And to be clear, I honestly don’t care what kids choose to wear. Even if they do want to wear “Hot Stuff” thongs at 9yo. The kid and parent should be able to test out and explore and experiment with choices and without shaming from other parents or kids. I’m not getting between any parent and their kid; the assumption is the parent knows what she/he is doing.
It’s when kids are made to feel bad about themselves for not being/looking/feeling more grown-up at a younger age that I have a problem with. That’s a problem I have with locker-room talk and VS.
The social media/broadcast angle is well put. And while showing someone your underwear on snapchat is clearly ill advised, it’s not nearly as dangerous as showing it to someone in your bedroom. Maybe kids are showing more and doing less. Which might explain why, despite the increased “sexualization” of girls, STD transmission and pregnancy rates are down among teens — the age of onset of sexual activity is on the rise — even rates of sexual assault against kids is down. I’m alarmed at this stuff (my daughter is in 6th grade), but trying to reconcile that with the data. Thoughts?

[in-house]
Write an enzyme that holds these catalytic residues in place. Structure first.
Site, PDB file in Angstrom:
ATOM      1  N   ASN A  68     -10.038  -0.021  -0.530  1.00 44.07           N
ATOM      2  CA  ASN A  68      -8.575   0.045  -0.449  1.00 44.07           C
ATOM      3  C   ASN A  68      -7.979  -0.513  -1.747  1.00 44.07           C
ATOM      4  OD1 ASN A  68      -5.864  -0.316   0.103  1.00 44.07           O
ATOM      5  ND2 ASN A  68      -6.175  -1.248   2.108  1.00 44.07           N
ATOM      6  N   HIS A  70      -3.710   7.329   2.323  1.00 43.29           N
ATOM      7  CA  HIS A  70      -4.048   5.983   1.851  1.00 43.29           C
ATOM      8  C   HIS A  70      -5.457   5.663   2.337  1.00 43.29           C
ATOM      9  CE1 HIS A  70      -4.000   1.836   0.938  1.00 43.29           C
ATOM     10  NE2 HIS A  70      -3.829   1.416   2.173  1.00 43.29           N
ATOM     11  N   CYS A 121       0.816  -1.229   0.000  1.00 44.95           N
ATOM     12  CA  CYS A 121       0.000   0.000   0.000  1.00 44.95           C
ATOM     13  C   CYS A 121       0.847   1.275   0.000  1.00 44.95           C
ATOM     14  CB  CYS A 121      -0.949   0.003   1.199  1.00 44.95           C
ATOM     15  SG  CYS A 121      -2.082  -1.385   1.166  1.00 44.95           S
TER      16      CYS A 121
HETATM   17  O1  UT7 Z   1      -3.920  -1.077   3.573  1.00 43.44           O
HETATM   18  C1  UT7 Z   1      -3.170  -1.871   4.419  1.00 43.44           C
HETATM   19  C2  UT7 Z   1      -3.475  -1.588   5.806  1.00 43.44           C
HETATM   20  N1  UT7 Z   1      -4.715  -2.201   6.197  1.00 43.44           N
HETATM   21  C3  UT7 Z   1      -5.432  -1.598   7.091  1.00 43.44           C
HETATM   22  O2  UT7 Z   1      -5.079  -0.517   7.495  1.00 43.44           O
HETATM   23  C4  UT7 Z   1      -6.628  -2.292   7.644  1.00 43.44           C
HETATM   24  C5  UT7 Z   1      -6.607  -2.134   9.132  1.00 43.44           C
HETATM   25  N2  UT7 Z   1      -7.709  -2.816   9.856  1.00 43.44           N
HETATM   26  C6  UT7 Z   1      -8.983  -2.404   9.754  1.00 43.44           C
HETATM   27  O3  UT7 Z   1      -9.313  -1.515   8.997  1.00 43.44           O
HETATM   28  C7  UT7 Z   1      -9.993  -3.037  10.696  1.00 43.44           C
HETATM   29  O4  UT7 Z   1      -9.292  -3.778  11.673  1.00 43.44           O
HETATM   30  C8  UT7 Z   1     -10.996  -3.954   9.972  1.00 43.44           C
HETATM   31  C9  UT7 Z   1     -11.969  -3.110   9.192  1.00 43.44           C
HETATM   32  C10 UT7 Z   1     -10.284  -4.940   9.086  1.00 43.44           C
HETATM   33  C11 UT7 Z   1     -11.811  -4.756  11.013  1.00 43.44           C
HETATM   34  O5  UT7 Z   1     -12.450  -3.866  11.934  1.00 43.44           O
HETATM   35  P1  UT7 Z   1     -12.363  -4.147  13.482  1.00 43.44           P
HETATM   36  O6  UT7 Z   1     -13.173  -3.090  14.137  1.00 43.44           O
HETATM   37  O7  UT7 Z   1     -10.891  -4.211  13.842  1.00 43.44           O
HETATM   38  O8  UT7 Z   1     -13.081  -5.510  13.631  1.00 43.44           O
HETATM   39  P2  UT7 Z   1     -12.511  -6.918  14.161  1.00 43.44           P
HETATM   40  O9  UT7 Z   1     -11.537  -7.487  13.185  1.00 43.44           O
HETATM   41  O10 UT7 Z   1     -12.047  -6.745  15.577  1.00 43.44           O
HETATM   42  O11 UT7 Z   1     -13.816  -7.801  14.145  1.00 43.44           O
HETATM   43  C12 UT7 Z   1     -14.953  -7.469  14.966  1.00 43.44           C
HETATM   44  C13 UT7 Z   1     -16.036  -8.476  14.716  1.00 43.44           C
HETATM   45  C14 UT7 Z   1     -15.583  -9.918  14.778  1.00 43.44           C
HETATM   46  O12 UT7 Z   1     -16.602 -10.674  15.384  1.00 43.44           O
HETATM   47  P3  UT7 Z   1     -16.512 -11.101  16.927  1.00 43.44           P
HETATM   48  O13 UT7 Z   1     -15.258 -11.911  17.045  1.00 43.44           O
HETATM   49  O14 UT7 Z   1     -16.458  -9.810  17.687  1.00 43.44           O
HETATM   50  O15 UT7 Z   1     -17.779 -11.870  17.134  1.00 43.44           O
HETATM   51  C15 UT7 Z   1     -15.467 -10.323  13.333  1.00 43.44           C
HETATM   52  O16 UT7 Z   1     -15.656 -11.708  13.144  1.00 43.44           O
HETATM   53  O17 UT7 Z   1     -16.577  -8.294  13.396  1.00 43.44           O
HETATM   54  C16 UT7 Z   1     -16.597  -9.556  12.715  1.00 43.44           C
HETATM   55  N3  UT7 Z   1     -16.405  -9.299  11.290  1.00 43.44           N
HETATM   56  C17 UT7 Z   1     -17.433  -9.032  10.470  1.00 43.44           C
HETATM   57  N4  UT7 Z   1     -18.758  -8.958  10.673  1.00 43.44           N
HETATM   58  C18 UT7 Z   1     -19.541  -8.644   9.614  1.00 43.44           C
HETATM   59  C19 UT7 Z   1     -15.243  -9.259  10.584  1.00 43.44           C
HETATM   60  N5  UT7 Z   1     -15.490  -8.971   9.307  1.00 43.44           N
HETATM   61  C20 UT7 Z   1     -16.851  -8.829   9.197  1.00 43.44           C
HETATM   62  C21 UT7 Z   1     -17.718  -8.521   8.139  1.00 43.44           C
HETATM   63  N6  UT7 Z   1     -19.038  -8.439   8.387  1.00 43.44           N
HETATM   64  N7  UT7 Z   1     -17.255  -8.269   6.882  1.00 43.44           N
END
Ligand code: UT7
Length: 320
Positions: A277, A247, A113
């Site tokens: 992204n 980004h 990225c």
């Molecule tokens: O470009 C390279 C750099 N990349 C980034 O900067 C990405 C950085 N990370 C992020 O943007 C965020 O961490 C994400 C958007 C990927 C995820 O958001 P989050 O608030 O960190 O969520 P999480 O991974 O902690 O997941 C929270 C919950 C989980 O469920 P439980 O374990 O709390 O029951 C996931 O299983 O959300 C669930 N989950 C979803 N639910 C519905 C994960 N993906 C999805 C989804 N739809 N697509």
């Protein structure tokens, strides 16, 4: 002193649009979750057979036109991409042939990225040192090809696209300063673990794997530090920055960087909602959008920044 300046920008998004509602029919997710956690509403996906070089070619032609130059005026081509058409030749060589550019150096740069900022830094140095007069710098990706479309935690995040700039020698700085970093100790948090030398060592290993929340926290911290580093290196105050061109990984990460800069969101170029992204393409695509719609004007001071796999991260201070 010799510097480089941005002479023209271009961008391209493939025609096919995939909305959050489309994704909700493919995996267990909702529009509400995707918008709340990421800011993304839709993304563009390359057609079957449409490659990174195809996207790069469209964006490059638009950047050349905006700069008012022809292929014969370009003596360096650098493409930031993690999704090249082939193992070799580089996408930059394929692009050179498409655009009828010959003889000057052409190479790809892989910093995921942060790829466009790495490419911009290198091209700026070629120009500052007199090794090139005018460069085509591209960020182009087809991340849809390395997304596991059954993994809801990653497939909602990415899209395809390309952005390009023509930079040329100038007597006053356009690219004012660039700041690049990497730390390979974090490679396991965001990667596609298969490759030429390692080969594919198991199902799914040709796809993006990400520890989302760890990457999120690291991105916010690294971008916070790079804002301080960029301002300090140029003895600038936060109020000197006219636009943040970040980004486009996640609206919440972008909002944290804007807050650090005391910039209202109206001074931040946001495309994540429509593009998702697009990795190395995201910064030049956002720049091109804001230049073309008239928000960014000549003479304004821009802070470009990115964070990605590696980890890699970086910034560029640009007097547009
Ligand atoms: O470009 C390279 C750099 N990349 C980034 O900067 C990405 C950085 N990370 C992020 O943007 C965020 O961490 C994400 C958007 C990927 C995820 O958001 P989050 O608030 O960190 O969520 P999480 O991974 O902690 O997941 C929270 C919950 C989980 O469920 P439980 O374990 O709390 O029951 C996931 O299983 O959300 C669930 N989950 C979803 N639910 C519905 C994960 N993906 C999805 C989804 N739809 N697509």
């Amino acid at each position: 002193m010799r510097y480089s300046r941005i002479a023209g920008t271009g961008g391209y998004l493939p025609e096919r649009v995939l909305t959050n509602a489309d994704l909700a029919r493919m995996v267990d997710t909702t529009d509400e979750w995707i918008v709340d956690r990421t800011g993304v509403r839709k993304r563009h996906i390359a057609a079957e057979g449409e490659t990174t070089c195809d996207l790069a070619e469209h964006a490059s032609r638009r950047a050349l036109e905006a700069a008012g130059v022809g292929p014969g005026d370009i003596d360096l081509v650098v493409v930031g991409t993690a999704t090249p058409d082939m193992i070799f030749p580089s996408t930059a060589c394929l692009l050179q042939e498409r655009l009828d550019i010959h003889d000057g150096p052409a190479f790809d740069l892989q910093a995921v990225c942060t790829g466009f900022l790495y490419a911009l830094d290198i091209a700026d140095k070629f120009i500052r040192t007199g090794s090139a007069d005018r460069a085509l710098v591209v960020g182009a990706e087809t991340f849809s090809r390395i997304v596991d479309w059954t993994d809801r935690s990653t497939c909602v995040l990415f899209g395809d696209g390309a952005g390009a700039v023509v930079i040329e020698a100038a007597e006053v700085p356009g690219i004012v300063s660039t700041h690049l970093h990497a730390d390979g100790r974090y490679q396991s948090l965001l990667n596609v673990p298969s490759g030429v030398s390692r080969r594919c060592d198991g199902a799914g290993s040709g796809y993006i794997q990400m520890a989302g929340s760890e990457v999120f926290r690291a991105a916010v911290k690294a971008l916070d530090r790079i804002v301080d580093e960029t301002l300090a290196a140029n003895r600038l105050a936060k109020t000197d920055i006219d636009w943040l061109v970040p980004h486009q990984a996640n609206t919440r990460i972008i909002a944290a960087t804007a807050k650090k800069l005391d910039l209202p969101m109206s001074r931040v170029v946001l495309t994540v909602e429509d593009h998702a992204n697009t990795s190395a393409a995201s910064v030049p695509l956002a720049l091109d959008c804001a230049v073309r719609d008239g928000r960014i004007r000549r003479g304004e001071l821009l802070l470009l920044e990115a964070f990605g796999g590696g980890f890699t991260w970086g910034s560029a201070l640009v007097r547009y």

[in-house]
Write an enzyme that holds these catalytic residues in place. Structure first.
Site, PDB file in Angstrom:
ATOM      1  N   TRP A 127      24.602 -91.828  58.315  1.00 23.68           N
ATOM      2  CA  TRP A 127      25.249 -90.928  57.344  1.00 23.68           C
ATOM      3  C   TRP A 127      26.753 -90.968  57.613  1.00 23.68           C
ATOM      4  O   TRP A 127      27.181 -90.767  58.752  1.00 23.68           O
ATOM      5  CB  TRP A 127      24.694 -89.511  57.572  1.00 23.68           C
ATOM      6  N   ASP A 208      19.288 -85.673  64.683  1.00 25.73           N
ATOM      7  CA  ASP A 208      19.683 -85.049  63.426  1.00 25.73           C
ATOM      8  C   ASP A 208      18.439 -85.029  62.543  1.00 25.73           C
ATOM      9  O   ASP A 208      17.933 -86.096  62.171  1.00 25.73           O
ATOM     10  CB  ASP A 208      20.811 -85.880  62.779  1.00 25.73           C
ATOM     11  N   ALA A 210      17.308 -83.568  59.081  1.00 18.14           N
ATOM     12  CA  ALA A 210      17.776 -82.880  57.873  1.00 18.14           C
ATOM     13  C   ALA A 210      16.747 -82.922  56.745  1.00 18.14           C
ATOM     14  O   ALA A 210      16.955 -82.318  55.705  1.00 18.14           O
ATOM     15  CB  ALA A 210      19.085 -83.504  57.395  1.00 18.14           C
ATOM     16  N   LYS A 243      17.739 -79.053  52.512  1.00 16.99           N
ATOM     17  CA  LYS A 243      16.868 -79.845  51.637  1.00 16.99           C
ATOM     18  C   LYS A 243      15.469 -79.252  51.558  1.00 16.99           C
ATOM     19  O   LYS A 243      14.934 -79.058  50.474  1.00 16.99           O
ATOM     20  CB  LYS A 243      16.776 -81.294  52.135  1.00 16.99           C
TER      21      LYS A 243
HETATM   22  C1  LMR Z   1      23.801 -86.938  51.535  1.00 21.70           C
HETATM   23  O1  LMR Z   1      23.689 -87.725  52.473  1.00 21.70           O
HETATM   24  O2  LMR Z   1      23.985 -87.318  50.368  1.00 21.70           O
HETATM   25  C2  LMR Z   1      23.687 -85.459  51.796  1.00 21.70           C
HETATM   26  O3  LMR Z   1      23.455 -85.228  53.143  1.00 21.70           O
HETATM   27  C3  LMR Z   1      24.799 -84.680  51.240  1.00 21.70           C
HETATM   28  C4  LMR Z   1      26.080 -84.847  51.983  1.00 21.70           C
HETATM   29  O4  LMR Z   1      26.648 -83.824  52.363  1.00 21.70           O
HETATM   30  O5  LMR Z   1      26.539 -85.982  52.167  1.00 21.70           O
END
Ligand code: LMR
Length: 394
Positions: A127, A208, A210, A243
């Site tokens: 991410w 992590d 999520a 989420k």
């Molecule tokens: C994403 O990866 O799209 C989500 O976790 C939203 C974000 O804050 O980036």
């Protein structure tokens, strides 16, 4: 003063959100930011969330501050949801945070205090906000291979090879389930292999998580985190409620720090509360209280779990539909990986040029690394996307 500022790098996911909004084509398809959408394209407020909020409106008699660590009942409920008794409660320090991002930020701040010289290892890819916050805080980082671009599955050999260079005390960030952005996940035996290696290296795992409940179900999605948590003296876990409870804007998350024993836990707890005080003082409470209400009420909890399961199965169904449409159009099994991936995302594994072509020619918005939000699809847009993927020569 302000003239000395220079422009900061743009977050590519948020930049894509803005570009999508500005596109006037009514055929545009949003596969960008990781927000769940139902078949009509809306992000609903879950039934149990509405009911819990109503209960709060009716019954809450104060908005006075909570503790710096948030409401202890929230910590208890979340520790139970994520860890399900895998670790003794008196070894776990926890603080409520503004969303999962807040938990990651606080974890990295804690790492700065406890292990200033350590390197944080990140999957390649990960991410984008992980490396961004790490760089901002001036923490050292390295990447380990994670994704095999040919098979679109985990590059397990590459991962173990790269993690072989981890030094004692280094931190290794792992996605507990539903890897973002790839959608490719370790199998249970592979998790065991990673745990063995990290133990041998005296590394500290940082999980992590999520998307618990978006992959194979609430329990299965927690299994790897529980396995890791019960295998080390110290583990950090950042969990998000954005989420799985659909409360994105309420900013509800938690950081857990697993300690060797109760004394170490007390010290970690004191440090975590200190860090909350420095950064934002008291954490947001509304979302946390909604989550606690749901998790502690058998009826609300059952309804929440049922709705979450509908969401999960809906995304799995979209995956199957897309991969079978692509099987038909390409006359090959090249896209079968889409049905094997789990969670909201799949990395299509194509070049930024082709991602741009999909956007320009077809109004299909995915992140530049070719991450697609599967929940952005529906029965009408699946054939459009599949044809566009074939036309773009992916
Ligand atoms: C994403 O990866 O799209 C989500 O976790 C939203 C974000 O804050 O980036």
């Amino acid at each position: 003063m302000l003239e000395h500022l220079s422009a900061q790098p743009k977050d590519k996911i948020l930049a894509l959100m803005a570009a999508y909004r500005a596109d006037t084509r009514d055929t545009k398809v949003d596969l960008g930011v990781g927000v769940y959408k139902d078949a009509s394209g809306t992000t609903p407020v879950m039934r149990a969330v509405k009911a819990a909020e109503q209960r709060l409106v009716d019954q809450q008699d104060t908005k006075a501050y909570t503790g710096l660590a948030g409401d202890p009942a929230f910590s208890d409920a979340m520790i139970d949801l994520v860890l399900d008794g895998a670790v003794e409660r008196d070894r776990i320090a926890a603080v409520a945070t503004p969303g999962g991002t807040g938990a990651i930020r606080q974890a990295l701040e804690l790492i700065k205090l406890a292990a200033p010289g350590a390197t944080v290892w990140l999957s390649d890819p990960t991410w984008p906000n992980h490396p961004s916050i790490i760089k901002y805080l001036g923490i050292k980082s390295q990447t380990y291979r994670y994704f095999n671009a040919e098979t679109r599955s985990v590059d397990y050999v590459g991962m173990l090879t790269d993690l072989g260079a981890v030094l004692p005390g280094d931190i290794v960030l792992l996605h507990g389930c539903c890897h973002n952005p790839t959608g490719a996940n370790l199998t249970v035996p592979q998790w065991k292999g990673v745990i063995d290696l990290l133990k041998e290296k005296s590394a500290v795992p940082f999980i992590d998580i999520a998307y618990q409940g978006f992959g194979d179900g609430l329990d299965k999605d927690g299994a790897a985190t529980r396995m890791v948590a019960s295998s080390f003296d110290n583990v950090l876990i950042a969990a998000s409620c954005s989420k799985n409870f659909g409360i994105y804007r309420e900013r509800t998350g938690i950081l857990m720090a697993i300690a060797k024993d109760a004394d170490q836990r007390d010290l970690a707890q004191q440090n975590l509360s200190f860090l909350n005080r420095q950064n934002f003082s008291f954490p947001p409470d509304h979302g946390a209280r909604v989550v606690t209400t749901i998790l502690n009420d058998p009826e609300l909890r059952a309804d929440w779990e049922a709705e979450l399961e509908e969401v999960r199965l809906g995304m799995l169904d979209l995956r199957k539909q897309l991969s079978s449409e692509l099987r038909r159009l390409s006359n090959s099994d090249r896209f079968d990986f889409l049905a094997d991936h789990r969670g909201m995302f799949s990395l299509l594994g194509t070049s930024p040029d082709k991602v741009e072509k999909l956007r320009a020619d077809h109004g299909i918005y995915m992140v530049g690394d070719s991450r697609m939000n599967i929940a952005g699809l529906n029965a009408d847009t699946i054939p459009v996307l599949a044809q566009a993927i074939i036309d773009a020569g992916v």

It’s not just about kids having sex. It’s about young girls falling prey to marketing that depends on hyper-skinny, Photoshop-enhanced, perfectly-perfect images of what females should look like – should BE like – and spending money buying into it. And then judging their friends for not buying in.
I don’t care so much about kids photos online. If a perv wants to get off on photos of young girls with barely covered crotches, he could go to any teen gymnastic meet and take his own photos.
But there is still bullying in school, and – maybe ironically – “slut shaming” and kids freaking killing themselves over photos that are passed around that they didn’t think would be passed around.